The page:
Only three classic Maseratis will grace the stage at RM Sotheby’s Monterey auction in late August, but the legendary Italian marque will have a stronger presence as part of the auction house’s annual London sale at Battersea Park on September 5. During that sale, six trident emblem–bearing sports cars from the 1960s and ’70s—all from a prominent private collection—will cross the block. The showing will set a new mark for the most classic Maseratis consigned during the auction’s 12-year history.
Headlining that collection is a 1962 Maserati 5000 GT, one of only 34 built and the fifth of 22 examples commissioned with custom coachwork by Allemano. The bodywork features sleek lines, which have since grown synonymous with the model. The car has an intriguing ownership history—it was originally sold to the future owner of the Italian racing team Scuderia Brescia Corse, and it is believed that Eagles guitarist Joe Walsh later owned the car, which may have inspired the hit single “Life’s Been Good,” which includes the lyrics: “My Maserati does one-eighty-five, I lost my license, now I don’t drive.”
Projected to sell for as much as $1.5 million, the car is likely to attract a wide spectrum of buyers due to its classic styling and prominent ownership history. Shelby Myers, the global head of private sales for RM Sotheby’s, also suggests that the vehicle’s pristine condition will entice a lot of bids. “It’s somebody who likes traditional forms and traditional designs,” Myers says of the prospective buyer who will likely be interested in the car. “And they’d recognize this 5000 GT as an example of that traditional styling. But they’d also want a car that’s turnkey and something that they can immediately get into and drive.”
Equally alluring, a 1972 Maserati Ghibli SS 4.9 Spyder from that private collection will also cross the block in London, where it is projected to sell for as much as roughly $1.4 million. The vehicle was originally owned by the royal family of Qatar and is one of only four Ghibli SS 4.9 Spyders built with a right-hand-drive configuration. According to Myers, the car checks off two very important boxes. First, its comprehensive, concours-level restoration by McGrath Maserati was completed earlier this year (Myers acknowledges that some restoration shop waiting lists are currently years long). Second, the car has yet to grace the lawns of the world’s most prestigious concours events, so any public exposure is guaranteed to drum up added excitement. “There’s a certain appeal to collectors when they can buy a car and take it to Villa d’Este or Pebble Beach and it’s never been seen by the public, so to speak,” Myers says. “With the advent of the Internet, it’s harder to find those cars that haven’t been seen or shown a lot.”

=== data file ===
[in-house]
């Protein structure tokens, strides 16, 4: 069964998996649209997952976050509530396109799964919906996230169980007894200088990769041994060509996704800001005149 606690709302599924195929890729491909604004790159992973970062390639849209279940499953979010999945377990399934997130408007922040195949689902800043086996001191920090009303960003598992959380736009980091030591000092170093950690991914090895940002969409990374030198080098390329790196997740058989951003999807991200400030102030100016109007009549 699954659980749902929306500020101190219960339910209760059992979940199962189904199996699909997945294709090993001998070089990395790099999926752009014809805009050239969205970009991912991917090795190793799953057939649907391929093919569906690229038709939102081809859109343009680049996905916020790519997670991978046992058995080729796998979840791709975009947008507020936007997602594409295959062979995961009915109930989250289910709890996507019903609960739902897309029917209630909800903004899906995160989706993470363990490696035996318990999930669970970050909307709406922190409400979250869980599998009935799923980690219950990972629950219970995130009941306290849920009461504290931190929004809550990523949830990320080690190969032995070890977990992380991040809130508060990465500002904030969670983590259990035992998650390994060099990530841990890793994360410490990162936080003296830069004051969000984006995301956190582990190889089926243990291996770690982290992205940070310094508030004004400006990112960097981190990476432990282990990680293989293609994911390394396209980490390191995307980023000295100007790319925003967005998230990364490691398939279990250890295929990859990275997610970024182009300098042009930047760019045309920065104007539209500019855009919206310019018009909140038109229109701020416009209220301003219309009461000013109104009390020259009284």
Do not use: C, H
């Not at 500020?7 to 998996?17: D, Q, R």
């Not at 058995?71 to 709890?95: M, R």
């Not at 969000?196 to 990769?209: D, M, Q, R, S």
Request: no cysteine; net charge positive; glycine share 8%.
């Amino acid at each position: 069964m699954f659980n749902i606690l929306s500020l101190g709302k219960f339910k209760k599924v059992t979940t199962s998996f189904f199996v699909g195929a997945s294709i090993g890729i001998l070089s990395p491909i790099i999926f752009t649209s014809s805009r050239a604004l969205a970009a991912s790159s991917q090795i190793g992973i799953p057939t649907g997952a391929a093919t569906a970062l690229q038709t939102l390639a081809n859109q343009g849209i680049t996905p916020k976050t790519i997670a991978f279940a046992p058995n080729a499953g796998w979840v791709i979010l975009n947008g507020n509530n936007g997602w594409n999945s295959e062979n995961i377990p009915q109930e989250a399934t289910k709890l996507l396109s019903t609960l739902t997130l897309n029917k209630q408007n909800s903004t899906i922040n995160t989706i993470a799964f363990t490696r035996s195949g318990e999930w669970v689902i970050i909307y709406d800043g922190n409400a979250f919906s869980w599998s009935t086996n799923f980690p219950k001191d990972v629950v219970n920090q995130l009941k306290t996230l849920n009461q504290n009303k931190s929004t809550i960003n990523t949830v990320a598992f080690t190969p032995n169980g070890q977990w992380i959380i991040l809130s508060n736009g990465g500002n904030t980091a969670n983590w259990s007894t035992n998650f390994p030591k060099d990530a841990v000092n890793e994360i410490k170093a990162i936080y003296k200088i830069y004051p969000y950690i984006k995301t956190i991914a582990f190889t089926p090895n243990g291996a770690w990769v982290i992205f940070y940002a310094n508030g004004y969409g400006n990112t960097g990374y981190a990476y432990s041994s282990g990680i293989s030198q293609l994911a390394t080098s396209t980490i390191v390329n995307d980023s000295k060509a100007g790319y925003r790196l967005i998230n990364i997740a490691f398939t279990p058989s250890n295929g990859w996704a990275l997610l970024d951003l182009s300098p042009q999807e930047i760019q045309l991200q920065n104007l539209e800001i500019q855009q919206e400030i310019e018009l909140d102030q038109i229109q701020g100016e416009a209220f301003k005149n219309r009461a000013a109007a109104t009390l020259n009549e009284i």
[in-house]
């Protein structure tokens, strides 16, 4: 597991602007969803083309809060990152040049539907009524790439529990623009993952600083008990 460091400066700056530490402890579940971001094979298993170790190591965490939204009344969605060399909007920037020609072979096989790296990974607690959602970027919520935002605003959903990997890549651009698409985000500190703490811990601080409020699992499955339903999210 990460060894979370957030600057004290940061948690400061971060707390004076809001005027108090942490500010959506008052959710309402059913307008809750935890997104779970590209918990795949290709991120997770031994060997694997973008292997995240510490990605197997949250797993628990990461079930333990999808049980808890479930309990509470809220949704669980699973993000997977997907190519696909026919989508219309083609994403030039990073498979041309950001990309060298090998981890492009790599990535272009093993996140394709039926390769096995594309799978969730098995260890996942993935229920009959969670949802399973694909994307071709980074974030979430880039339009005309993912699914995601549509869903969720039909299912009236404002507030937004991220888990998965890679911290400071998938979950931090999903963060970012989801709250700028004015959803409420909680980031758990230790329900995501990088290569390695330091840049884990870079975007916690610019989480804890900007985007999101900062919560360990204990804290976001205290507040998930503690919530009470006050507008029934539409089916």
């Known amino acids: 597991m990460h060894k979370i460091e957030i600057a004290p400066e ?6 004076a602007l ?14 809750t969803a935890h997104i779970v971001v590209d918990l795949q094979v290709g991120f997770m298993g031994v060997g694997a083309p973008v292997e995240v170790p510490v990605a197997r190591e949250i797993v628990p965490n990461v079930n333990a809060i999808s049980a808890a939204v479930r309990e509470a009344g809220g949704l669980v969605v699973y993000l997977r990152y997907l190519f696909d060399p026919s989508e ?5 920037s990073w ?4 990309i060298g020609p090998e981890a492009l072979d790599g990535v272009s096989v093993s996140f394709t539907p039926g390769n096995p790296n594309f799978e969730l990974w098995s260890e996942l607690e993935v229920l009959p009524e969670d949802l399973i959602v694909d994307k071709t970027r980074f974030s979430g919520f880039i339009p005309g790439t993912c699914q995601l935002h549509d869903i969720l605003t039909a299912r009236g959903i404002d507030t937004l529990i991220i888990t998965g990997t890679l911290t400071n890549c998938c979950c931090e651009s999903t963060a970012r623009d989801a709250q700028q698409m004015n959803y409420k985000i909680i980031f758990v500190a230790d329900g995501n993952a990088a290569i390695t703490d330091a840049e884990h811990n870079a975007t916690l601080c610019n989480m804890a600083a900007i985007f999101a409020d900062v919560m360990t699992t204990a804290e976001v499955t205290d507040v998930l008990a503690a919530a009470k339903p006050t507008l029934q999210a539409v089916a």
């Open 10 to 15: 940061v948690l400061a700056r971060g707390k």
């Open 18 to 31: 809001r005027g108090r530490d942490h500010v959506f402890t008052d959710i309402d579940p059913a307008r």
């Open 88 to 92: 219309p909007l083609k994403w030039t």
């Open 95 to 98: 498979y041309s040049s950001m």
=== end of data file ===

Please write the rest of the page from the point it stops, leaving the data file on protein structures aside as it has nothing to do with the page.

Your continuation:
Two Ghibli SS 4.9 Coupes from the early 1970s will also be offered for sale. A left-hand drive example from 1970 features Maserati’s popular Rosso Rubino paint scheme and, according to RM Sotheby’s, could sell for more than $300,000. The other example, a 1971 Maserati Ghibli SS 4.9 Coupe, in the less common right-hand-drive configuration, is further distinguished by its distinctive Verde Gemma paint color and tan interior.
“Color makes such a difference on any car, and the color is what makes this car special,” says Myers. “It screams 1970s. You can almost envision a shag carpet in that color. It’s very cool that this is a period correct color combination, and it looks spectacular.” According to the auction house, the car could sell for more than $330,000.